FDA Publishes Guidance on Joint Development of Antimicrobials, DX
The FDA is providing guidance for devicemakers that want to coordinate development of antimicrobial susceptibility tests with sponsors developing antimicrobial drugs.
Coordinated development of antimicrobial drugs and antimicrobial susceptibility tests (ASTs) should not be construed as companion diagnostics, the FDA said in draft guidance.
Rather, the guidance describes interactions between devicemakers and drug sponsors for coordinating development, as well as explaining considerations for submitting separate applications to CDRH and CDER.
The guidance notes that review of the drug and device components would remain independent and that coordinated development would not affect MDUFA and PDUFA user dates.
The guidance points out that AST devices that test for in vitro susceptibility of bacterial pathogens are often developed after antimicrobial drugs are approved, and that coordinating development of new antimicrobial drugs with AST devices could shorten the time for clearing the device.
In addition, drug sponsors could benefit by having access to the AST device technology during clinical trials, and devicemakers could benefit by having access to clinical samples and isolates obtained during the drug development process to help validate their devices.
Currently, a 510(k) premarket notification is required for an AST device launched for the first time, or for changes to a cleared device. Similarly, a 510(k) would also be required when seeking to add a new approved antimicrobial drug to an existing AST panel.
The FDA recommends that devicemakers and drug sponsors discuss coordinated development early on in the drug development process so that data to help develop AST devices could be generated during clinical trials.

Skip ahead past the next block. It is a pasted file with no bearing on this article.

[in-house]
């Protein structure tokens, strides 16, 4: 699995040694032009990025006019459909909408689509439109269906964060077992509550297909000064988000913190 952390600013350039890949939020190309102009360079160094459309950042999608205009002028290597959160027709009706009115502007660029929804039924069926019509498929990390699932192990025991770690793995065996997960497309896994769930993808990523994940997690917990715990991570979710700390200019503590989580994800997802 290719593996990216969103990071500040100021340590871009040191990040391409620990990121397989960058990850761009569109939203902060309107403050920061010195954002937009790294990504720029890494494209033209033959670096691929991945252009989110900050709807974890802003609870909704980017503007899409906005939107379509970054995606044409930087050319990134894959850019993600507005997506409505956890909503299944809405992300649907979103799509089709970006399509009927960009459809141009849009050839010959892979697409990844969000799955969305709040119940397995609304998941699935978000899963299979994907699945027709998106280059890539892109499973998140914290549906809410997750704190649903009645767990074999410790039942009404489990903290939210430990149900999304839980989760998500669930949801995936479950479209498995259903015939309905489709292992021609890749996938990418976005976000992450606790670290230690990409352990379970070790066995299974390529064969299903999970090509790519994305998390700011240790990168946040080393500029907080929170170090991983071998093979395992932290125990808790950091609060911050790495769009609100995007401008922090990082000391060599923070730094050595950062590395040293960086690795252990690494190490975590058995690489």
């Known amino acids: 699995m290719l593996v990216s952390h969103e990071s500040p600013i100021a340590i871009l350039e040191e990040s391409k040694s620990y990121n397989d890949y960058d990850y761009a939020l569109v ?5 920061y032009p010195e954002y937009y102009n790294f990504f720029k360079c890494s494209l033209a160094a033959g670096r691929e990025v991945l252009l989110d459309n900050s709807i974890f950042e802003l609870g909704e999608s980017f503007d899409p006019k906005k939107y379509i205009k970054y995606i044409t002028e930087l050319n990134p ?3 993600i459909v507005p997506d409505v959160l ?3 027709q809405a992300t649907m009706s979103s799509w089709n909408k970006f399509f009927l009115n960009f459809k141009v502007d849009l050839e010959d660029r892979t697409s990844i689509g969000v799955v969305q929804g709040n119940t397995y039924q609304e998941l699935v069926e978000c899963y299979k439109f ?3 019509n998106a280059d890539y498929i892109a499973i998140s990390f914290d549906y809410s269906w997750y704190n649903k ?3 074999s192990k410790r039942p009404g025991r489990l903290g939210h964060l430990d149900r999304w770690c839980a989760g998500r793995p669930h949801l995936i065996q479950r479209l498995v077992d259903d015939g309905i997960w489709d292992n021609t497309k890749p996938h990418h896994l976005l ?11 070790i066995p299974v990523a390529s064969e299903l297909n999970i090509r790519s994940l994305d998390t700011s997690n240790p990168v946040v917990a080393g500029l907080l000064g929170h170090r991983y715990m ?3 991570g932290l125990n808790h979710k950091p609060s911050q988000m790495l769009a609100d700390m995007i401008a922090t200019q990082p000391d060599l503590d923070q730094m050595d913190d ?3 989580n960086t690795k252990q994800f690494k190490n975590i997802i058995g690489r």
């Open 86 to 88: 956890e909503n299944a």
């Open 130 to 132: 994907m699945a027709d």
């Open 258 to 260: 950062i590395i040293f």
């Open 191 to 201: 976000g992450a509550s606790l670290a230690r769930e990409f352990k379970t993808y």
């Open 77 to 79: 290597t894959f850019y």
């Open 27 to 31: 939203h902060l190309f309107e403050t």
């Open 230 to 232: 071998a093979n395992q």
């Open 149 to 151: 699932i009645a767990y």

Interactions don’t need to be restricted to a single devicemaker, the FDA says, stressing that the availability of a drug to multiple devicemakers for use during AST device development “may increase clinical laboratories’ access to AST devices at the time of drug approval or shortly thereafter.”
The guidance recommends that both the drug sponsor and devicemaker submit their coordinated development plans to CDER and CDRH for review.
An investigational device exemption may be needed if the AST device under development is to be used for clinical trial enrollment, and this should be discussed with CDRH through the presubmission process, the guidance suggests.
With an eye toward improving product quality, the FDA is inviting drugmakers to join a program to evaluate emerging manufacturing technology. As part of the program, a CDER Emerging Technology Team (ETT) will serve as a point of contact for companies interested in implementing novel technology in the manufacture of a drug. Invest in your knowledge with FDAnews’ FDA’s New Guidance on Emerging Technology Applications - Webinar CD/Transcript.